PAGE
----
I want you to know I heard you.
I heard you as you rallied against the universe, the white people, the immigrants and screamed your frustration, your hurt and your anger with your vocal throttle on full for every person in that Walmart parking lot to hear.
I heard every word you screamed as did Dene National Chief Gerald Antoine as he stood and listened too — stoic — with his only look being one of complete understanding and respect. He did not discount a single word you said though your rallying cry was peppered with profanities.
I saw his aides become increasingly uncomfortable with your tirade. I saw them try to move away and attempt conversation with each other with the hope that Antoine would pick up on their cue. They were concerned about the scene being created. Usually this is where the police are called.
They were embarrassed. Your raging voice was drawing so much attention. The Tim Hortons drive-through on a Friday afternoon was busy and car after car rolled by for their ice cap as you screamed your anguish, naked for the community to see.
And Antoine listened to every word holding that steady, empathetic gaze while looking directly in your face. You had his full attention. With his gaze he said, “I hear you brother, I hear.”
I do not know who I was more interested in — you who carried the anguish and heartbreak of your generation and so many before you or Antoine as he stood there quietly giving you the attention you so badly wanted and deserved.
The First Nations have learned to do that — to just listen when the suppressed dam of of pain breaks. They have learned not to interrupt as others pour out their anguish because their voices have been stilled and personhood discounted for so long. They told you in so many ways you didn’t count and, in fact, a whole system of formal colonial institutions tried to steal your identity and birthright. Now when we listen, we tell you that you do matter. You do count. Your culture is real and we honour it.
Antoine stood and listened though the cars drove by and like me, we know the person who witnessed your pain is the same one that recently travelled to Rome to meet with the pope, who met with church officials when they came to Canada to deliver an apology for the atrocities and genocidal acts committed by that institution in the name of the church and the state. You spoke through the long-suppressed anguish holding back tears while shaking a fist at a universe that seemingly abandoned you. It didn’t, we did, and we were wrong.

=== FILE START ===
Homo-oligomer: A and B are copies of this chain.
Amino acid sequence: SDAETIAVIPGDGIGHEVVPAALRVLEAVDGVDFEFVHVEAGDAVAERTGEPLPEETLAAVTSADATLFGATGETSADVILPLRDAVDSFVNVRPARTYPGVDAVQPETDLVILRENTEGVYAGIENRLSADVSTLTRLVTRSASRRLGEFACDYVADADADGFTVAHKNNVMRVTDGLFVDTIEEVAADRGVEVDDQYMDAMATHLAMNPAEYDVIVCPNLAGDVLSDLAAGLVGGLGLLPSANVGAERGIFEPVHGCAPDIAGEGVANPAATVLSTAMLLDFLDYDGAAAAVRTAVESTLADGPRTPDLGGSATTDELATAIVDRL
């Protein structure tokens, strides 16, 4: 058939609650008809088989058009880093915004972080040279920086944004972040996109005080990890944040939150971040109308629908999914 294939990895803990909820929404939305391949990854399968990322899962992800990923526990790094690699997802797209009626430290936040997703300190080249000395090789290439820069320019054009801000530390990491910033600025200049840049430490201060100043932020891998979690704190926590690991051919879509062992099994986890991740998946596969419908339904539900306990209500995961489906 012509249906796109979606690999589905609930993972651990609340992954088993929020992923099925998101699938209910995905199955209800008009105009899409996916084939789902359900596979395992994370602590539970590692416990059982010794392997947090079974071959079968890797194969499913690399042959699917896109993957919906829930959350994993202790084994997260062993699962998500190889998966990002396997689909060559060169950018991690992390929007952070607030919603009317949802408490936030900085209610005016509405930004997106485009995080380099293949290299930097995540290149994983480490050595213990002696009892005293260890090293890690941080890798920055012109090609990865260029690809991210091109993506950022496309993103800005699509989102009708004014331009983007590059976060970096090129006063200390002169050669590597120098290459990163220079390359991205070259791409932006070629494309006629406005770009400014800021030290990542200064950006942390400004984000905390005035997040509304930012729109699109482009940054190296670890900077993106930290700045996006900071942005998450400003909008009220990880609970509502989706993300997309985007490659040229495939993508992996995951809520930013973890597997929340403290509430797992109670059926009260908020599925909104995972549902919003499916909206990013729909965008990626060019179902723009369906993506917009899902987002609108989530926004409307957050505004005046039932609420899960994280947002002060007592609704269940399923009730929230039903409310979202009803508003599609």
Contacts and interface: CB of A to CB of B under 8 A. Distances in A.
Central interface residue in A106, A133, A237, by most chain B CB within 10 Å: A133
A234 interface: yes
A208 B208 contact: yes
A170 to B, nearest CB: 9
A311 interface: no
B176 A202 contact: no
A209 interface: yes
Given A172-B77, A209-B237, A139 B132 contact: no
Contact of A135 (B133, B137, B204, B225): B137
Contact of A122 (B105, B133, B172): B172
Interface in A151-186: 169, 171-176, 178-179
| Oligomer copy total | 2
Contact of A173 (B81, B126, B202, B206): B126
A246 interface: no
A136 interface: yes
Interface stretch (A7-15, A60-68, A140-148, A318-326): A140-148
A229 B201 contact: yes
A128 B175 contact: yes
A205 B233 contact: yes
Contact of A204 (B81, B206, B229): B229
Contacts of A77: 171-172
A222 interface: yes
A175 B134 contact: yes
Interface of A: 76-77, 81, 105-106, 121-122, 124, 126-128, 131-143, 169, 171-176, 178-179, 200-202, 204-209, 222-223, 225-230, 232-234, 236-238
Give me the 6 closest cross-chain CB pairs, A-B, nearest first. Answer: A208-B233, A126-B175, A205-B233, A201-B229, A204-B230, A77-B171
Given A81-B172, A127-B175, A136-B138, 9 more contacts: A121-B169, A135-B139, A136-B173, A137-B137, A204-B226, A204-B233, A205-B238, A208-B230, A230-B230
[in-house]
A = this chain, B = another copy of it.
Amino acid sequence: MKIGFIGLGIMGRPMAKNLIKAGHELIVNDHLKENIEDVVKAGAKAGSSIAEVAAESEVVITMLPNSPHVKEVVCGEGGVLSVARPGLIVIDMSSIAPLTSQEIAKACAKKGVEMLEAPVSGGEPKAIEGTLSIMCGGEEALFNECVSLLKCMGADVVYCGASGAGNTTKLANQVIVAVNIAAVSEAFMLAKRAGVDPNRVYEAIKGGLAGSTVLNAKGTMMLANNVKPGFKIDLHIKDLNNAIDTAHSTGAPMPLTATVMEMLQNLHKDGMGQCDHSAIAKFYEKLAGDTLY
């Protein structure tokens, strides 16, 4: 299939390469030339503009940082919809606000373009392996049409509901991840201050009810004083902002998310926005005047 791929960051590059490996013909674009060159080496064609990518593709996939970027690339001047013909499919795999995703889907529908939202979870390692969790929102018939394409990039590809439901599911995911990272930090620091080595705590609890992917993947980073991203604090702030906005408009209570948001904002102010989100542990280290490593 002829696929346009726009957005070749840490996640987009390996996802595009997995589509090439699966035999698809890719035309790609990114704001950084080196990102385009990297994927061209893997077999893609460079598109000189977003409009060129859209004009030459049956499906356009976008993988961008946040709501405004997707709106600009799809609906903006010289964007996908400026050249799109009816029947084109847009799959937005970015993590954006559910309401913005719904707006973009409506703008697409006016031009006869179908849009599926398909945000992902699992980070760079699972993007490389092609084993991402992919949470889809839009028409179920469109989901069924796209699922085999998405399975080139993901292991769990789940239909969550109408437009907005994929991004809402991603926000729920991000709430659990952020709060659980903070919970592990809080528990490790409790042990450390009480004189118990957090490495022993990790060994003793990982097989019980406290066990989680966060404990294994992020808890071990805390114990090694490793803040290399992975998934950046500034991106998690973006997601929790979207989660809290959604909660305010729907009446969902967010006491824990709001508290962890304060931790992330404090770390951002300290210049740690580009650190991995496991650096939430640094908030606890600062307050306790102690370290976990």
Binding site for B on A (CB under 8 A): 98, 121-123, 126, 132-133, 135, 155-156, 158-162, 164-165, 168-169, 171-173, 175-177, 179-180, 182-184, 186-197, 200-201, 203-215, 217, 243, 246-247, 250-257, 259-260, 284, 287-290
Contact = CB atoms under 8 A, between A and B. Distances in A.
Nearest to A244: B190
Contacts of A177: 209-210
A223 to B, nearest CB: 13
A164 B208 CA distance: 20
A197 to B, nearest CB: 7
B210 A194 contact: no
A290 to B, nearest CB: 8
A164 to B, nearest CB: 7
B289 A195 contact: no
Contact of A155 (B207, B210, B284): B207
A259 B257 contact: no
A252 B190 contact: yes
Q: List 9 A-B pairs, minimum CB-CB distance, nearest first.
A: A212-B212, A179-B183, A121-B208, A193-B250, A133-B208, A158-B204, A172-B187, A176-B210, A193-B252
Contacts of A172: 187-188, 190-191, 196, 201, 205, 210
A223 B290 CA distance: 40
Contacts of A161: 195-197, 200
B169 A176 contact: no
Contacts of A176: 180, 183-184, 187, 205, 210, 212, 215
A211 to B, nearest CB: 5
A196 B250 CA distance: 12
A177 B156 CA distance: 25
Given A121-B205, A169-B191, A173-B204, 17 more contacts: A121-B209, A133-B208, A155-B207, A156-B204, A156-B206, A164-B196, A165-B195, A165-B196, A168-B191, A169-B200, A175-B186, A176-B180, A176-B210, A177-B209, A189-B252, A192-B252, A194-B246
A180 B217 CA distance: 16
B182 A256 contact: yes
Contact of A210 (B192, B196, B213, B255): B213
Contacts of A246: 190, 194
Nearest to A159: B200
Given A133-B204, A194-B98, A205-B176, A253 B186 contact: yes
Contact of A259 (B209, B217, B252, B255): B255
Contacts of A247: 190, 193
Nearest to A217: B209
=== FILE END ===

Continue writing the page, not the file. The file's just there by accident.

I did not roll up my car window when you screamed your despair at the years of hard work in construction that you had toiled in here and in other provinces in Canada. Like the white people who work in that field, you had worked hard too. And now with a voice cracking under the weight of the struggle, you asked, what did you have to show for it? What did you have to show for the effort but a bed at the Salvation Army and a favoured spot outside Tim Hortons, where you ask for coffee and something to eat every day.
I heard you and so did Antoine without looking away, without looking down or being embarrassed or shuffling his feet as most of us do everyday.
It wasn’t long ago when your ancestors helped our ancestors brave those first few winters. Without your people’s kindness and help, we would not be here or have survived at all.
And what do you have to show for your offers of help? A shelter bed.
We know now that trauma — not booze, not drugs, not tobacco — is the gateway drug and it’s those sedatives that so many use to quell the pain and impacts of discrimination that have left their mark on you and why a shelter is your home.
I know this. Antoine knows this too and believes you. It’s why we listened to everything you said.
Today, you were not discounted or ignored. In the quiet of our cars, some of us shed a tear too.
When you were emptied of the pain and fell silent, the chief looked you in the eye, shook your hand, offered a few words of comfort and kinship and walked away.
The battle goes on.
I left my car to get water and saw you in Tim Hortons. I wasn’t sure whether to pass your table or offer you a coffee. A favourite saying in my house growing up was, don’t judge until you walk a mile in someone else’s shoes and I know when my own pain has been too much, I’m grateful for a small act of kindness. It says we are in this together. I hear you. I’m here for you.
I offered you coffee. With a smile you declined. You had been heard and for now that was good enough.